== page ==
But an occasional student is a word guesser. This makes things go quite badly, because I either have to let the student think the wrong word is right, silently marking it down, or I have to correct the student, which breaks up their train of thought and may lose words of fluency. And then they guess another word wrong. The whole house of reading a passage can burn down quickly this way.
At the end of the story, every student has to retell. This is practice for next year. The retell isn’t scored. But the students have varying results. Some say one word at a time … Ken, boat, fish, sail. Or they may make up something: “You have to water trees to make them grow” that is not in the passage. They may just stare at you and say “we didn’t do that before” when asked to retell what they read.
My Own Group, the Bubble Kids
Test after test stacks up. I test my own group of 18 students. As a group, their scores were going on a downward tier trajectory when I came in in December. They are what’s called “bubble kids” which means they are in the “bubble” of being close to, but not at, grade level reading. These are kids who could be on level but without solid instruction they fall behind. It is an important role to teach these kids. Administration believes, perhaps with statistical justification, that they disproportionately make or break the school’s aggregate test score success.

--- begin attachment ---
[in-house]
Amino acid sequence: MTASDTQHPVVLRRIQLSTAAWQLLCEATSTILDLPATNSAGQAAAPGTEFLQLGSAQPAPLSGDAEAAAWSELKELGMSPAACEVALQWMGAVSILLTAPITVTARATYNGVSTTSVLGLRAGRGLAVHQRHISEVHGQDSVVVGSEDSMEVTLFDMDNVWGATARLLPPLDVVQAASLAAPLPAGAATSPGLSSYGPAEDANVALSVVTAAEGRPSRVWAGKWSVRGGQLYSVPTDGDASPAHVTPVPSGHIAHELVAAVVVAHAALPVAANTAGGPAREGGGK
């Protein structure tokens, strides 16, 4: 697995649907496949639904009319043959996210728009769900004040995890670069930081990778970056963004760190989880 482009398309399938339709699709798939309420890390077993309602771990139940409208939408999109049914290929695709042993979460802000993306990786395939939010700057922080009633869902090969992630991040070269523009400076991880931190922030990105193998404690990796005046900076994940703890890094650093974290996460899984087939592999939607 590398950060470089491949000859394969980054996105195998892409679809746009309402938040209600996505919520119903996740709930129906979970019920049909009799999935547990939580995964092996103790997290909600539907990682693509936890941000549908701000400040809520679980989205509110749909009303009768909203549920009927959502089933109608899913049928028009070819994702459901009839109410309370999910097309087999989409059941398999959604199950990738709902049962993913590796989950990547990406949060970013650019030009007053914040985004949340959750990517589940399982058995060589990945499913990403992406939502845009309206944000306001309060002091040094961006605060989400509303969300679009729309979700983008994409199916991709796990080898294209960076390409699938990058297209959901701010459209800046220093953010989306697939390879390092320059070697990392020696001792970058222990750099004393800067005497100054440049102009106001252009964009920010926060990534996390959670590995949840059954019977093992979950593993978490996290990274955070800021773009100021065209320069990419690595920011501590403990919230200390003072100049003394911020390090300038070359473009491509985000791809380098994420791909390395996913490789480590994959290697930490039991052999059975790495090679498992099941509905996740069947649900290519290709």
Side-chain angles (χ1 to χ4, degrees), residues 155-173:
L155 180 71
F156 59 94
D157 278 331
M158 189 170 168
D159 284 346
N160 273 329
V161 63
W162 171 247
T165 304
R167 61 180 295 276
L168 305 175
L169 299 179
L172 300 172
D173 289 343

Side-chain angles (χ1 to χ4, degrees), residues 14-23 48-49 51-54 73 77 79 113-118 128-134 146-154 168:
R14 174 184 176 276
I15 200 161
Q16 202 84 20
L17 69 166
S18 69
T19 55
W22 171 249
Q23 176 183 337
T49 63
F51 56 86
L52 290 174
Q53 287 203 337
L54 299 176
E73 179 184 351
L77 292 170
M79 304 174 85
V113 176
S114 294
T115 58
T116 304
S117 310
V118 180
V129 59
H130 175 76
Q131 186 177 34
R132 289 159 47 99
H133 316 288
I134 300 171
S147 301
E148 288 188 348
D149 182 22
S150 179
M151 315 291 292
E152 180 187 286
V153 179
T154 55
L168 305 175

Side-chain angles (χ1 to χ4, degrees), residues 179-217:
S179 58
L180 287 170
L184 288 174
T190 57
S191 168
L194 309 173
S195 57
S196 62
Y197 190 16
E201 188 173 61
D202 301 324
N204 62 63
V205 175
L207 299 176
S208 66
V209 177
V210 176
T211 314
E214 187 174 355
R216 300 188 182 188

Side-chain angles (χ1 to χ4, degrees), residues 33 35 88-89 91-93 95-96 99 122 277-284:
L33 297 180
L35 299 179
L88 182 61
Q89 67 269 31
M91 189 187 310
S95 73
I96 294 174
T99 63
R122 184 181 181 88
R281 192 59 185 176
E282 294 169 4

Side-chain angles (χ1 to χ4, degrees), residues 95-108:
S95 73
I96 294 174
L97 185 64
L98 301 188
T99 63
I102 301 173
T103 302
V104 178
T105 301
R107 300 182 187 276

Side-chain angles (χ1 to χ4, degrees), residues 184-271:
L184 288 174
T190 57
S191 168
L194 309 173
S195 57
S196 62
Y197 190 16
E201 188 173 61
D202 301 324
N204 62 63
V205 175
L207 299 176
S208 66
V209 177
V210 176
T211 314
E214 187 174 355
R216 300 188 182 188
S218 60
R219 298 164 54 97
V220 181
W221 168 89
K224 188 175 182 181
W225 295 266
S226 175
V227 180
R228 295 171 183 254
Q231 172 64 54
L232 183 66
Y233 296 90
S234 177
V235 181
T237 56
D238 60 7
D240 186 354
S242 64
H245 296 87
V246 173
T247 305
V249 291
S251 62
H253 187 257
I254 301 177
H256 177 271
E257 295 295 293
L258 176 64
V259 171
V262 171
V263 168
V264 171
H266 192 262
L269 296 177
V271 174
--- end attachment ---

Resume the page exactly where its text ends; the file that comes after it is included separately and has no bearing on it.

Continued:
My students have done well. One student is on “blue,” which means he’s exceeded expectations for the grade level. Six others are on green, on level and ready for second grade. Five are on yellow and are just a little behind. But six are still on red. I am happy that, as a group, they are higher than they were. There are several, perhaps a half dozen, who I don’t think will have significant reading difficulties in the future. They should be solid from here on out.
And Always, Some Still Need Intensive Instruction
But some of the students will still need intensive instruction in second grade. I worry about them. I am unlikely to be allowed to spend much time with them. Second grade is not a big focus for my position; I spend most of my days in kinder and first. So I worry about my bubble kids.
But then I draw a deep breath and go on. I know very well that in truth, it doesn’t matter who you’re teaching, high, low, bubble, kinder, high school — maybe more in high school! — you worry about where your students are going next. Knowing how many choices and challenges face them. You know that they’ll probably do all right, over all. But in there with the joy of the blessed summer vacation expectation, for every good teacher there is always this worry — will they be all right? Will they remember me and our class?
But most of all, will they be all right?
And only time will tell.